The California chapters of Moms Demand Action and Students Demand Action, both part of Everytown for Gun Safety, released the following statement after San Francisco Board of Supervisor Catherine Stefani, former Moms Demand Action volunteer, introduced legislation to build on the progress at the state level by regulating ghost guns — untraceable, do-it-yourself firearms made from parts available without a background check. Recent reports have stated that 41 percent of ATF’s cases in Los Angeles involved a ghost gun.
“Every day, I am reminded by how dangerous and deadly ghost guns are,” said Mia Tretta, a volunteer leader with Students Demand Action in California and a gun violence survivor who was shot and wounded by a ghost gun during a shooting at Saugus High School. “Stopping the spread of ghost guns in California communities should be a top priority for our cities. I’m thankful — but not at all surprised — that former Moms Demand Action volunteer Supervisor Catherine Stefani is leading the charge.”
When it comes to gun violence, the rise of ghost guns is one the fastest-growing gun safety problems in recent years. On Friday, President Joe Biden’s Department of Justice, through the Bureau of Alcohol, Tobacco, Firearms and Explosives (ATF), issued a proposed rule to stop the proliferation of deadly, untraceable ghost guns –– a move that Everytown first called for from the Biden Administration in December 2020. The proposed rule will strengthen the regulation over frames, receivers, and ghost gun “kits”, therefore requiring that the core parts for ghost guns be sold with a serial number and a background check.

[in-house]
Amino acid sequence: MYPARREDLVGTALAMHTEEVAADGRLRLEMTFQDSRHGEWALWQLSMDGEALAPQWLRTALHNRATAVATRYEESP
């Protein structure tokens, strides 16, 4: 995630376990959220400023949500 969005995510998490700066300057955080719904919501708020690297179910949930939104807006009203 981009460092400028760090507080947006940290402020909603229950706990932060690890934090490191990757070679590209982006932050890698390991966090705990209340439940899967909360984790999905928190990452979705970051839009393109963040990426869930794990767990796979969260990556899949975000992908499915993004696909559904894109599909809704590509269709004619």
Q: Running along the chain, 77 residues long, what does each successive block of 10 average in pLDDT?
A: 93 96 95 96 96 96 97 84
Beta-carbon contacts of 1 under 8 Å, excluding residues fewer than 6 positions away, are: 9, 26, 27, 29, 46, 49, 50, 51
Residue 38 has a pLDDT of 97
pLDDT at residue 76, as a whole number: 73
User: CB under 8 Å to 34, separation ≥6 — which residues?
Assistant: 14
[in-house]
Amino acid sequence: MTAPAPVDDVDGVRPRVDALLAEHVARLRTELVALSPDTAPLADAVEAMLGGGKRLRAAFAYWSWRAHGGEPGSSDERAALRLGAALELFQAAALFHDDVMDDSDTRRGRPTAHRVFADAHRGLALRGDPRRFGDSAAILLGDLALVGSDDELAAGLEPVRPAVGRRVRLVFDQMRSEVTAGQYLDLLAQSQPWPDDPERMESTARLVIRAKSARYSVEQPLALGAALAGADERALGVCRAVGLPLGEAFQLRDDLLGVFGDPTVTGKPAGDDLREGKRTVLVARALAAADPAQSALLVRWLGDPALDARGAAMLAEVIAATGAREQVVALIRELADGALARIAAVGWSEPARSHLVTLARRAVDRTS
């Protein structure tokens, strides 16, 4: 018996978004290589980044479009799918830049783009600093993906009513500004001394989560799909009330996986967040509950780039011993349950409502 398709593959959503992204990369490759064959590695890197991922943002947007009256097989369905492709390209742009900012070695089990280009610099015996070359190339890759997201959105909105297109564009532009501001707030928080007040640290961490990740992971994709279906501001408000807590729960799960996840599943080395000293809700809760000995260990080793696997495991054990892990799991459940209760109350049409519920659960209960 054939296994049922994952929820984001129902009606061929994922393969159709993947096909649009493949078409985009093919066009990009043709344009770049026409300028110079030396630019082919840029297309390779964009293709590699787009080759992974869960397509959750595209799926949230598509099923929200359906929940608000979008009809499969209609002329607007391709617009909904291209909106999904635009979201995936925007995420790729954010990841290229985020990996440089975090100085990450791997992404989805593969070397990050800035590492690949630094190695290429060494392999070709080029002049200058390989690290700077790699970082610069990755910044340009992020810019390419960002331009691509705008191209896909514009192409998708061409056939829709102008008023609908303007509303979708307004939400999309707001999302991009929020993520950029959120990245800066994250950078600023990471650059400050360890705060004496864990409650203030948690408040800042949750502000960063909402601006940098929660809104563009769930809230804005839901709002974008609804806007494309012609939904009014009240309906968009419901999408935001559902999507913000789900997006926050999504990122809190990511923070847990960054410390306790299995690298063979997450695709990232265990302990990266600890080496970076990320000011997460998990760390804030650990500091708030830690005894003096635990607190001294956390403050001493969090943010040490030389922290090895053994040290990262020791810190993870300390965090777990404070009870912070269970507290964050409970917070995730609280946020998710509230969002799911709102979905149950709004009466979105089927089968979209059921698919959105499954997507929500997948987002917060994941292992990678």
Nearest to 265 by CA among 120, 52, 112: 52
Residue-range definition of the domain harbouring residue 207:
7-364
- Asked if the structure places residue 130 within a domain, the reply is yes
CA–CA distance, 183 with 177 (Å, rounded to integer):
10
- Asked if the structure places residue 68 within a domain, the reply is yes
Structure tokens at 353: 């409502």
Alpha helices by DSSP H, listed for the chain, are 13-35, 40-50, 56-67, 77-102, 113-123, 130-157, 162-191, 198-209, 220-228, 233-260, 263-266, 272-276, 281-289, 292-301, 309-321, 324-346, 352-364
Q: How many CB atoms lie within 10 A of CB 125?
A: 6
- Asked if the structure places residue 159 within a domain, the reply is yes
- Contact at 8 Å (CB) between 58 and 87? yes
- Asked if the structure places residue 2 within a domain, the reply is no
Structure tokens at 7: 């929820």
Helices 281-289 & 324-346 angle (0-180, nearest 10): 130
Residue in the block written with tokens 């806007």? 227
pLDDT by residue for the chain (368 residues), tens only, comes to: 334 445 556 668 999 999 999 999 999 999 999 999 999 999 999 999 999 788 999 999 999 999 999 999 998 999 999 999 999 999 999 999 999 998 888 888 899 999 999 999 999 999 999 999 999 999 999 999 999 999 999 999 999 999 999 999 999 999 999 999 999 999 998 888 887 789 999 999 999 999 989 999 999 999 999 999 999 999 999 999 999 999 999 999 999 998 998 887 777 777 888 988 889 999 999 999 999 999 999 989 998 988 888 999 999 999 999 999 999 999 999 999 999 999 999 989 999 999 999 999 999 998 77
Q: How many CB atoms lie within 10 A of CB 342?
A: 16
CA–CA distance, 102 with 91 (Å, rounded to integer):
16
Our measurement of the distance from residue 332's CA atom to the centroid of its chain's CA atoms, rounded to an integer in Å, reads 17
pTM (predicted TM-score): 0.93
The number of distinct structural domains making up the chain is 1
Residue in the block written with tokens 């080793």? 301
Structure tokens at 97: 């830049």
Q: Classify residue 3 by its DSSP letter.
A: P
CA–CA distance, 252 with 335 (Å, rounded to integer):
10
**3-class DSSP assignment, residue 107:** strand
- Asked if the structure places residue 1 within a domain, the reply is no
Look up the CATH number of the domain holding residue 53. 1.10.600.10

In a 2019 interview with CBS’s 60 Minutes, the Los Angeles County Sheriff reported that, over the last year, the number of ghost gun recoveries turning up in law enforcement investigations has increased by 50%. In 2019, ATF officials estimated that approximately 10,000 ghost guns were recovered across the country by law enforcement.
More information about ghost guns is available here. Additional information on gun violence in California is available here, and Everytown’s Gun Law Navigator — which shows how California’s gun laws compare to those of other states — is available here.